Looking back at older comic book movies, most fans agree that the modern films are far superior in every way. They take the material way more seriously and there seems to be some plan beyond selling toys and Happy Meals. That doesn’t mean they were all way off the mark, though. In Batman Forever, for example, Jim Carrey’s Riddler was pitch perfect for the time.
Granted, the sole purpose of Joel Schumacher’s Batman Forever was to move merch and be a more kid-friendly product than ever before (ha!). But that doesn’t mean everything about it was wrong, since there were some bright spots such as Edward Nygma.
Think back to 1995 for a second. Jack Nicholson’s Joker overshadowed the franchise. Not only did he portray Batman‘s greatest nemesis, but he also put in a seminal performance that’s discussed to this day. While Michelle Pfeiffer’s Catwoman and Danny DeVito’s Penguin were excellent in Batman Returns, Warner Bros. wanted someone to elevate another villain to the same heights.
At that stage, Jim Carrey was one of the hottest stars in Hollywood, having come off star-making turns in The Mask and Ace Ventura. Yet, his casting proved to be a controversial one since he was seen as more of “the comedy guy”. Would he have the acting chops to pull off a villain like the Riddler?
When Batman Forever arrived in theatres, it received mixed reviews from critics and fans. Criticism was levelled at it for being more colourful and over the top than Tim Burton’s previous films. However, the box office receipts didn’t lie as it made $336 million worldwide from a $100 million budget. It was a hit and made more money than its predecessor.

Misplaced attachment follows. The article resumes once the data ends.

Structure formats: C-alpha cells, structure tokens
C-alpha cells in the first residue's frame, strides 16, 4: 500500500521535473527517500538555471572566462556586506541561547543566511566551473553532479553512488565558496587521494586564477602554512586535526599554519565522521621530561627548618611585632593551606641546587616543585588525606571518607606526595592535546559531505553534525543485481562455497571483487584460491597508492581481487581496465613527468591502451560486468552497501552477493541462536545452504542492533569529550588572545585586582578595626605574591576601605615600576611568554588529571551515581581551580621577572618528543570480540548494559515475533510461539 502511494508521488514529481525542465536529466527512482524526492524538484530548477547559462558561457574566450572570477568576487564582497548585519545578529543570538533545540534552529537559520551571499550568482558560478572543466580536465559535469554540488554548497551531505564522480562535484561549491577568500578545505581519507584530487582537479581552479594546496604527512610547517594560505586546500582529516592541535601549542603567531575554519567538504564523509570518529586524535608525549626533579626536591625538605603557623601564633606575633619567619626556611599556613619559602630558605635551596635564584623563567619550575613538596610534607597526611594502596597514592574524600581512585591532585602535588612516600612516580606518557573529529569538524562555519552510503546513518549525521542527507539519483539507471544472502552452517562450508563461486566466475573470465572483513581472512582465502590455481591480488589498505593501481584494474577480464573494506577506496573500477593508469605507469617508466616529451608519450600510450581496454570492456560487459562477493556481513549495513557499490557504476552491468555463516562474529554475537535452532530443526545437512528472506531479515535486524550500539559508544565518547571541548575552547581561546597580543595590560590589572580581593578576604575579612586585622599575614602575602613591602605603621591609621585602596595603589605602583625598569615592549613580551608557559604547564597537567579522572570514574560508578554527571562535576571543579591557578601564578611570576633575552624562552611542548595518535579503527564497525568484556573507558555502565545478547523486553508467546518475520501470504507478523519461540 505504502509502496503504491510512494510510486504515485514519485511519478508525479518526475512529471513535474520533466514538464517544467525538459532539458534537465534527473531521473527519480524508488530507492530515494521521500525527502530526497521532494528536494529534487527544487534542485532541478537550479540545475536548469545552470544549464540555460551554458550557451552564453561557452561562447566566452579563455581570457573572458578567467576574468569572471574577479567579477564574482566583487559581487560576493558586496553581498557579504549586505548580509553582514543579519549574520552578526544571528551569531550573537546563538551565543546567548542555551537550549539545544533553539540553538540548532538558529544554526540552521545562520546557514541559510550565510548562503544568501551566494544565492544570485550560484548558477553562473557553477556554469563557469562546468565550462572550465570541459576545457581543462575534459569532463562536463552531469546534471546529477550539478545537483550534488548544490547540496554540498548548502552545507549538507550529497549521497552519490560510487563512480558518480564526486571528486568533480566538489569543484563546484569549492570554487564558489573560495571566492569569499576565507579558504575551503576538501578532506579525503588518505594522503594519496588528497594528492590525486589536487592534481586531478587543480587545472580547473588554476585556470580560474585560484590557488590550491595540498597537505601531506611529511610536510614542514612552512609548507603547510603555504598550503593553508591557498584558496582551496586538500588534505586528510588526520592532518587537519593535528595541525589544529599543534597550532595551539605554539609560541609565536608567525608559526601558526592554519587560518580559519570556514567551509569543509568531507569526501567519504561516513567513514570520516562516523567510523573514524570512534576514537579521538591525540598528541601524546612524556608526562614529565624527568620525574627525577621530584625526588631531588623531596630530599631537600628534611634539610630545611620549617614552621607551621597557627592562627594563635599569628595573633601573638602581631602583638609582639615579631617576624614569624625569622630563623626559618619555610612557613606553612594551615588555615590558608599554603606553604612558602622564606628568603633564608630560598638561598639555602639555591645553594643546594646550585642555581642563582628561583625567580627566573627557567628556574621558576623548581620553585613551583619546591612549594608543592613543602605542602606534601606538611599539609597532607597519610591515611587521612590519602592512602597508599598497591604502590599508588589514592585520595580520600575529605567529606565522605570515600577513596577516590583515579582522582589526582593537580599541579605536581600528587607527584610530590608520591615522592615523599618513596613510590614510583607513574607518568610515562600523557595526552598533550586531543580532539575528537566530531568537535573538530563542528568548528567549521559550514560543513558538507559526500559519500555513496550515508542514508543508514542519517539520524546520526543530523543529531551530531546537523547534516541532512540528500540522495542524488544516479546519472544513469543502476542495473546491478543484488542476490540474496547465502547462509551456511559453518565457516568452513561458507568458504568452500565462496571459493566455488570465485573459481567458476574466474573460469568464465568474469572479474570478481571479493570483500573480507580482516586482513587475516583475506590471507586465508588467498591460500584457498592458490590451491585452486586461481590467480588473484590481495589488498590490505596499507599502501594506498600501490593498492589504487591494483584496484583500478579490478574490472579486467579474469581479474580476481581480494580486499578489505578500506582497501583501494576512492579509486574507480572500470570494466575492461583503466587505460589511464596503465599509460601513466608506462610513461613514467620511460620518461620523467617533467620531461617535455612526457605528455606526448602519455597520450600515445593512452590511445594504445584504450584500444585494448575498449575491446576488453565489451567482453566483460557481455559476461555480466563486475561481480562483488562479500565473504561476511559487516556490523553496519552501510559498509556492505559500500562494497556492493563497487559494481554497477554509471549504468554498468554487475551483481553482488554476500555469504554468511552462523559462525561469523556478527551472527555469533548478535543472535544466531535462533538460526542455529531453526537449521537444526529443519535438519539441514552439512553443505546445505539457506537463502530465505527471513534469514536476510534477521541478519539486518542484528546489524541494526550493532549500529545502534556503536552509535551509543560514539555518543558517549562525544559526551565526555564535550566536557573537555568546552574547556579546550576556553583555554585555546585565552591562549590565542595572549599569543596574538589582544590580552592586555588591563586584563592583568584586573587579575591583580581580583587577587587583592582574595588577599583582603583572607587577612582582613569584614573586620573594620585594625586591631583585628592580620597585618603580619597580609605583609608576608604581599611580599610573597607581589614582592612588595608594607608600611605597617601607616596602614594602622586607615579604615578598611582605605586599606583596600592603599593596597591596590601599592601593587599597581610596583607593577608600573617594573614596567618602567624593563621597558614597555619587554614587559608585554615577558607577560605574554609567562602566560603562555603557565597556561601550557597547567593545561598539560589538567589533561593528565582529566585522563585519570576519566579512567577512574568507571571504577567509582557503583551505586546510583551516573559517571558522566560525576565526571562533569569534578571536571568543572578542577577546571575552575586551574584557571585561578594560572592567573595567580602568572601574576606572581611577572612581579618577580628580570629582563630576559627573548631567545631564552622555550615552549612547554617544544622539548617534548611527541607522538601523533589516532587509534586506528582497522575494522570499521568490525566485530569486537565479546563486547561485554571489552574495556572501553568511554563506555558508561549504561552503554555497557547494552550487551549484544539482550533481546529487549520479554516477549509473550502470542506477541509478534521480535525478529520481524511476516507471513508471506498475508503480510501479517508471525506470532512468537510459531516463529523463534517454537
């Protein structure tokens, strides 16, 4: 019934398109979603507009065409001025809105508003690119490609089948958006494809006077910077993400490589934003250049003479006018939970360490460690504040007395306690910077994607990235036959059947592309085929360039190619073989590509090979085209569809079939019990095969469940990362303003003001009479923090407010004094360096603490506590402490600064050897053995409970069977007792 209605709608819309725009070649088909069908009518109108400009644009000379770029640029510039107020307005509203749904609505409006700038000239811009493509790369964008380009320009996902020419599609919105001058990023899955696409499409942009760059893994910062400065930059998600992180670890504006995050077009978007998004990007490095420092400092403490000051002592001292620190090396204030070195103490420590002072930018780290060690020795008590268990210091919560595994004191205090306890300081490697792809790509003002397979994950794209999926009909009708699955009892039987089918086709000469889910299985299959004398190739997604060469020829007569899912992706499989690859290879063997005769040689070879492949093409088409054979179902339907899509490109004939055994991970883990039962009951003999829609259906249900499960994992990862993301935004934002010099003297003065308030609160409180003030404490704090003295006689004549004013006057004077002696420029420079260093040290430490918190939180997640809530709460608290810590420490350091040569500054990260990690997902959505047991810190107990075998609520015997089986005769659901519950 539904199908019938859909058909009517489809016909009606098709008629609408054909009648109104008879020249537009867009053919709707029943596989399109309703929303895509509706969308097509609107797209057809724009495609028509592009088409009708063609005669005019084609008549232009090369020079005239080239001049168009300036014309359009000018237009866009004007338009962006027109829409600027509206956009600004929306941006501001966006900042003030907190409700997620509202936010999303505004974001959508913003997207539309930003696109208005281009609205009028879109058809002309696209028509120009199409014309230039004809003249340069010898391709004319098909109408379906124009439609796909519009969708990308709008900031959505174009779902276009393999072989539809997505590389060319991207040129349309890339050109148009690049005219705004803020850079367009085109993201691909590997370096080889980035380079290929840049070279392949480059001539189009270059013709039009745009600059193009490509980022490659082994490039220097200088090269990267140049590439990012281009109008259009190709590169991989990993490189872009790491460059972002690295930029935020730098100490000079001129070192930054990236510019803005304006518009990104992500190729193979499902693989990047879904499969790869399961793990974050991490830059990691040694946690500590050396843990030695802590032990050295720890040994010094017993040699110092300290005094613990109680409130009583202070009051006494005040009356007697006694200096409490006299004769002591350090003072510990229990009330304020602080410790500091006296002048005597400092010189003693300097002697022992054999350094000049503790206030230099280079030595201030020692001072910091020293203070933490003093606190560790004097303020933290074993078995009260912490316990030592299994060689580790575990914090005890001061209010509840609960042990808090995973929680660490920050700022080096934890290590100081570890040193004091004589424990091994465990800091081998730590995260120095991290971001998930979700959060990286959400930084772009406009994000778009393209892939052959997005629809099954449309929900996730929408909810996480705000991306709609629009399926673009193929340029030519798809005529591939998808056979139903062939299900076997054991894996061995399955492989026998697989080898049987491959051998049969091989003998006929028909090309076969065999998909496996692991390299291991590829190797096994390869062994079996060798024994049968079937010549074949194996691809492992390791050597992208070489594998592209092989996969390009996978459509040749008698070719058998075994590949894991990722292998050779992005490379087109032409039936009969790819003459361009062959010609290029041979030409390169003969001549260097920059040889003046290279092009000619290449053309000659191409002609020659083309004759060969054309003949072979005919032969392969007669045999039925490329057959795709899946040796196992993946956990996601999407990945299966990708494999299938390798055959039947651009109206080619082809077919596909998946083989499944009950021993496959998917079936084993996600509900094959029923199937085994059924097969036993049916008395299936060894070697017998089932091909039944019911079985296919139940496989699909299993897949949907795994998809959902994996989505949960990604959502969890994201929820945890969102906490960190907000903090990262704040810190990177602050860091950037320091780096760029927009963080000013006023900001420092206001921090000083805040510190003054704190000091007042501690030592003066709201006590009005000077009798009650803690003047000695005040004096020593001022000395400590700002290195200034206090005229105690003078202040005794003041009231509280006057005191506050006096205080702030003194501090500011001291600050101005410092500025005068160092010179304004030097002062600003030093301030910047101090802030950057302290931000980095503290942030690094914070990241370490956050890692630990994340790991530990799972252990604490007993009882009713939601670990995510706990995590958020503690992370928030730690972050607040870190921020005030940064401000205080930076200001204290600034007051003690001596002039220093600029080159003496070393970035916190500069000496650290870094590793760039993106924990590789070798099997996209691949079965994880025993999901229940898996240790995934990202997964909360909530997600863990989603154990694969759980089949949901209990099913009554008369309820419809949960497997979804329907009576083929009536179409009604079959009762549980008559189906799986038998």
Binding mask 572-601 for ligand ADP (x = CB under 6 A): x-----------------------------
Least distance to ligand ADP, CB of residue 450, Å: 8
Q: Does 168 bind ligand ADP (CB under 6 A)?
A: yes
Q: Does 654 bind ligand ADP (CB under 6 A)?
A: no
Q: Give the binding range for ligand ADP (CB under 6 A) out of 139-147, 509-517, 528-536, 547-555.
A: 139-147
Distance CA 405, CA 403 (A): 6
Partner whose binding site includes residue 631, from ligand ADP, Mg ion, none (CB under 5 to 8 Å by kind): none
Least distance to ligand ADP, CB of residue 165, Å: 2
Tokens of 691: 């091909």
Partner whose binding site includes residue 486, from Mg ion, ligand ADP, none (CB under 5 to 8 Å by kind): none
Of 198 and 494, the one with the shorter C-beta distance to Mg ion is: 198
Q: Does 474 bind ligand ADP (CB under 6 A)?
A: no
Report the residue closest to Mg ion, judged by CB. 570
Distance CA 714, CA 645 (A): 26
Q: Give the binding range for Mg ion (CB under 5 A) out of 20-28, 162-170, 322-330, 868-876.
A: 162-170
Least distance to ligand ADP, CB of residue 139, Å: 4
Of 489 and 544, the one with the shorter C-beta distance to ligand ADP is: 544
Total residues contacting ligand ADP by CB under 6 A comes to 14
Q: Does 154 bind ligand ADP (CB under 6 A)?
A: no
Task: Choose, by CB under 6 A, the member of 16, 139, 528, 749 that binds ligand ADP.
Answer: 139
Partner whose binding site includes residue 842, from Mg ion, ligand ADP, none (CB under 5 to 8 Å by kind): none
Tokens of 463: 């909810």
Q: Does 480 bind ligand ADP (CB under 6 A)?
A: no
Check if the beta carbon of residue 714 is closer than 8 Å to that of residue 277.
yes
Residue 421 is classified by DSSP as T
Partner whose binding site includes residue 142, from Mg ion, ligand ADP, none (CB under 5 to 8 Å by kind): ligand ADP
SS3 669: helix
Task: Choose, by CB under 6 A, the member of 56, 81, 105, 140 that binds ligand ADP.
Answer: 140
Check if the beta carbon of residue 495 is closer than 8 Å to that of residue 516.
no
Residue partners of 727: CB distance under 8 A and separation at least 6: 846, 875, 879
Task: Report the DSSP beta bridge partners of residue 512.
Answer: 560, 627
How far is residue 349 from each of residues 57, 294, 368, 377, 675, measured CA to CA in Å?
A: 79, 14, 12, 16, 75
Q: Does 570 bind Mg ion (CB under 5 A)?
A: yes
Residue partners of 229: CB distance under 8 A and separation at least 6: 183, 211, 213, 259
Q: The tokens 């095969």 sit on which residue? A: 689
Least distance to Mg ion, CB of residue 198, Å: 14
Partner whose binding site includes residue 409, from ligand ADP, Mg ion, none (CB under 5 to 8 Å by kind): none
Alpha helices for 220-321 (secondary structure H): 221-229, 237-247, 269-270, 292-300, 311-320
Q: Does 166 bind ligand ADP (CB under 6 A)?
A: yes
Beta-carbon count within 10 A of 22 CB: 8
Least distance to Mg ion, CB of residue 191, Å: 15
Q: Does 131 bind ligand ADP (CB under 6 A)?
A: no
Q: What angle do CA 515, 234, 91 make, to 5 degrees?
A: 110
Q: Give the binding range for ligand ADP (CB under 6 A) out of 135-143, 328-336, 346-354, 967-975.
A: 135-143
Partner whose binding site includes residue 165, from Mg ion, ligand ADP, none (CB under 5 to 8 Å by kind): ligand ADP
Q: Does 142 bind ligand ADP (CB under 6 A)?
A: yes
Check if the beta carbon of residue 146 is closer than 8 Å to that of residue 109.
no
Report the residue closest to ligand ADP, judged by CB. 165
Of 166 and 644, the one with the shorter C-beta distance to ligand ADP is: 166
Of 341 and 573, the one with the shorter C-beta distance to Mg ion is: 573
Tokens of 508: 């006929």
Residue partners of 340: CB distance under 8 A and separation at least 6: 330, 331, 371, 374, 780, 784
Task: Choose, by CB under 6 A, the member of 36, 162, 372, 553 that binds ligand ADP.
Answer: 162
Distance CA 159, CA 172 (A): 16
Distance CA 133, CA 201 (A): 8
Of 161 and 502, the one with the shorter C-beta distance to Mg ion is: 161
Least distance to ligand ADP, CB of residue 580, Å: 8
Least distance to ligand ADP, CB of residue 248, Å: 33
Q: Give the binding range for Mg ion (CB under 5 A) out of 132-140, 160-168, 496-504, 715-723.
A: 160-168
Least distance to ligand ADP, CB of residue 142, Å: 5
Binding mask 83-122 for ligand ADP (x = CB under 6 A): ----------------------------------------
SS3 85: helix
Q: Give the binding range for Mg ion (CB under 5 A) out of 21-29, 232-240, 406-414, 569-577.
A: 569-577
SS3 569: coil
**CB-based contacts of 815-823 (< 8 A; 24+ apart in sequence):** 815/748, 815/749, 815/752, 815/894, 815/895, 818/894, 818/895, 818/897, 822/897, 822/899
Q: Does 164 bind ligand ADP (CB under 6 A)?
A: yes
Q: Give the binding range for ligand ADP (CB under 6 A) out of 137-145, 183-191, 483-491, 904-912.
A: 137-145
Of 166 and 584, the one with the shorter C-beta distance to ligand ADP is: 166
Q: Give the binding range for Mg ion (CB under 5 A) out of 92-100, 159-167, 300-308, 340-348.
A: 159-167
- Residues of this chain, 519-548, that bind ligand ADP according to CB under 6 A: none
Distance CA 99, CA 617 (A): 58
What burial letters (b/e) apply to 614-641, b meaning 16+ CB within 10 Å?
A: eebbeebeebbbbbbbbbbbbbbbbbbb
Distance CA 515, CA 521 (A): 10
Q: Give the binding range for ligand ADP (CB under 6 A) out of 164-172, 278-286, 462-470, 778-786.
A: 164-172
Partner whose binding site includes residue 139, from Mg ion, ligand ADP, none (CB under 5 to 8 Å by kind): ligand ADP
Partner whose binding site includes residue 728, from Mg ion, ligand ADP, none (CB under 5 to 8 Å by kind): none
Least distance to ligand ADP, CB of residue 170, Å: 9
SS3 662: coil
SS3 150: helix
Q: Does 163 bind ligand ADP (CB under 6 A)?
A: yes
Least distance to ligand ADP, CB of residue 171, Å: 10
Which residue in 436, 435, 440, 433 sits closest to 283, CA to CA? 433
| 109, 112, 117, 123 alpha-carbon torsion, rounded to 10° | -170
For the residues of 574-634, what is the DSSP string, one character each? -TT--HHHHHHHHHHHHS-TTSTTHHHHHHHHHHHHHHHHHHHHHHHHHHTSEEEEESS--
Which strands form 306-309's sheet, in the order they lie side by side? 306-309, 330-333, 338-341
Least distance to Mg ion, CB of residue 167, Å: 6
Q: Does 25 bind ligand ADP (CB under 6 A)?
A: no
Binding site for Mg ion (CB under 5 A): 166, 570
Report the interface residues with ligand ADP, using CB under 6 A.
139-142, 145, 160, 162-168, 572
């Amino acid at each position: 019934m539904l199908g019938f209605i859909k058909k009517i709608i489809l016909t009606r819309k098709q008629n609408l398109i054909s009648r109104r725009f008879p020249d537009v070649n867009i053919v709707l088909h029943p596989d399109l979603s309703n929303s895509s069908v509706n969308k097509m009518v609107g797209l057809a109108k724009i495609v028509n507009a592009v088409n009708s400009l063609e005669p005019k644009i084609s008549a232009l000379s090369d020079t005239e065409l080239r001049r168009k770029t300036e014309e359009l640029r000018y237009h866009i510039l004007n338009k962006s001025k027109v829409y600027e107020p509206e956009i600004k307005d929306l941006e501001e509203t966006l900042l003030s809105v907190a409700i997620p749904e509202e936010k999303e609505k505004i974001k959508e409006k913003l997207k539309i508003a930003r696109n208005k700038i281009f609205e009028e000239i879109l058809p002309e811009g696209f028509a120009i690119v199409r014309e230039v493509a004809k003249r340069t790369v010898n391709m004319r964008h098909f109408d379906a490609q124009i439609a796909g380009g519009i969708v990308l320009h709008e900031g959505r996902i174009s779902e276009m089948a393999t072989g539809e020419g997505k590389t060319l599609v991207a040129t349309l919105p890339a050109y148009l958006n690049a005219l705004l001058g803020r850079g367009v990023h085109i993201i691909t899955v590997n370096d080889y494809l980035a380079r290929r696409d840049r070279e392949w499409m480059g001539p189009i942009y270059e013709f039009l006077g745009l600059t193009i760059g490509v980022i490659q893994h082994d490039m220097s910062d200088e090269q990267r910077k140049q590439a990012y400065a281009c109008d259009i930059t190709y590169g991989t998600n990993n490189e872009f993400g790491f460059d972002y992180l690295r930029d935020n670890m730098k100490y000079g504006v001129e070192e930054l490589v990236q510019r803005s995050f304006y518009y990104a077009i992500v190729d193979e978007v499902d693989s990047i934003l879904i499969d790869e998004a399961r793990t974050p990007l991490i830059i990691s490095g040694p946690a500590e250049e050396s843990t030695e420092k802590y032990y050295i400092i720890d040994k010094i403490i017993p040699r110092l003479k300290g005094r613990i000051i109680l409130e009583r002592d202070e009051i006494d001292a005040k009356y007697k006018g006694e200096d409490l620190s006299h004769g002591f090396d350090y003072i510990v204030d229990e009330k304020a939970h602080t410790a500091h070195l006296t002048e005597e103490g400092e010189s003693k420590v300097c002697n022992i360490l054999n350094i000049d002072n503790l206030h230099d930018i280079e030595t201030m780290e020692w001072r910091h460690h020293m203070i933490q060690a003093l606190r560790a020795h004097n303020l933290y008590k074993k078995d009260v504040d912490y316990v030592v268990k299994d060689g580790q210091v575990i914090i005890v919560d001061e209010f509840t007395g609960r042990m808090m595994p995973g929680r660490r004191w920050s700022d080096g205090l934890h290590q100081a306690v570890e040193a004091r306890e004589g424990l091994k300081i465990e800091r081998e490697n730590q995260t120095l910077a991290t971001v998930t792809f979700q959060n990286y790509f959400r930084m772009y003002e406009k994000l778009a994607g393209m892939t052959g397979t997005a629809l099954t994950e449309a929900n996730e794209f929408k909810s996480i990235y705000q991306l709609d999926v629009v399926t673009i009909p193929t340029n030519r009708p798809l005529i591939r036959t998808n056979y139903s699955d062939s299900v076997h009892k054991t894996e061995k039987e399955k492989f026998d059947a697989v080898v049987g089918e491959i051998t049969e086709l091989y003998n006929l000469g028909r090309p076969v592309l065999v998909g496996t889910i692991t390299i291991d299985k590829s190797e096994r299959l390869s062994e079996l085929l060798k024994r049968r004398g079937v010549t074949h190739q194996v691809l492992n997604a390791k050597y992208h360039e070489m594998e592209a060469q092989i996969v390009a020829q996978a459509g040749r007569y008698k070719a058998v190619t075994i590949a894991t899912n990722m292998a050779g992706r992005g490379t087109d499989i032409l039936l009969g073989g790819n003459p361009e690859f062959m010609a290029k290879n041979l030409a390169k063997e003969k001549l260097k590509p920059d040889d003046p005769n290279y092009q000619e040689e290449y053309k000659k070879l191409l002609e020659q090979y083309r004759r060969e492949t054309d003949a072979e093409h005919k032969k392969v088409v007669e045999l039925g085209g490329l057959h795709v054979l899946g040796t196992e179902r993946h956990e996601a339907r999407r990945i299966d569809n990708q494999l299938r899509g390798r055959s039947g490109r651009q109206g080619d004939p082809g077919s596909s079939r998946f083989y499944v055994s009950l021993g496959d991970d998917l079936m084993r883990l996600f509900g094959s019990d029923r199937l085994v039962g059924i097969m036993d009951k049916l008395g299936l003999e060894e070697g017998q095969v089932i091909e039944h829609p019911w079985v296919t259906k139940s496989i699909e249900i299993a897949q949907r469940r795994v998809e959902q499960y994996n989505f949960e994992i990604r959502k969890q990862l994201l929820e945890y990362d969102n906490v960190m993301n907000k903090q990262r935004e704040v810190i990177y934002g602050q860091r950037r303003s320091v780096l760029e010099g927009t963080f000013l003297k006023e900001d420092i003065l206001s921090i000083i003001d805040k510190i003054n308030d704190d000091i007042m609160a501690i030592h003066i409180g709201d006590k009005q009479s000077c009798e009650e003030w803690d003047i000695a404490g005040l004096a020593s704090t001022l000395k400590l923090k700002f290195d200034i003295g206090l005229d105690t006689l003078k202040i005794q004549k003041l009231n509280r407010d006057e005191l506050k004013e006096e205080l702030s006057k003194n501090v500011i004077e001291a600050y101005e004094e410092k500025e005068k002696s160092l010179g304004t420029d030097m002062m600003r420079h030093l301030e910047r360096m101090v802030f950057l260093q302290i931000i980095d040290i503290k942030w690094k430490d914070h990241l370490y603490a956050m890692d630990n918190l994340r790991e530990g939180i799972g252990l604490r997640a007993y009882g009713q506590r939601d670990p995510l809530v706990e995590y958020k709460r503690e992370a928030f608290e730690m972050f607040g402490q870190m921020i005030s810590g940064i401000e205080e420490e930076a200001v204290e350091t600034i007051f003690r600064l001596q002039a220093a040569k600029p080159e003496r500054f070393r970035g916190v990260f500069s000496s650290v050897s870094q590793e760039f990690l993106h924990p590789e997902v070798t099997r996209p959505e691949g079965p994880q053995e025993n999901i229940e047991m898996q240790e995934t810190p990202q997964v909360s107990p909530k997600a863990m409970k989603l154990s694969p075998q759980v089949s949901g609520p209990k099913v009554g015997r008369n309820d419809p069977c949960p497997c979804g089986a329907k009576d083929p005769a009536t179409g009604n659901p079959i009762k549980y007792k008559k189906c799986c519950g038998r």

In hindsight, most fans remember two things about Batman Forever. One, Val Kilmer’s underrated performance as the Bat. And two, Jim Carrey’s Riddler, whom we’ll be diving into more next.
You can’t deny that the Riddler had the best dialogue in the entire film, with many people still quoting the infamous “riddle me this, riddle me that, who’s afraid of the big, black bat?” line. There’s something about his delivery and timing that never gets old, as you see the scene-stealing joy that Carrey possesses here.
Also, whenever you see his costumes featured, you instantly recall where they came from, as well as the scenes. They might be flashy and campy, but they’re certainly memorable.
More importantly, mention the Riddler to anyone and the first person that comes to mind is Jim Carrey. He wasn’t the first actor to portray the character in a live-action adaptation, but his name has become synonymous with the part. That’s powerful and demonstrates how iconic his performance became in the minds of the audience.
With Paul Dano‘s upcoming performance as the Riddler in The Batman set to be darker and grounded than everything that came before it, there’s a good possibility he could become the new face of the character for generations to come. Until then, though, Jim Carrey’s Riddler is still the one thrusting to explosions in our heads.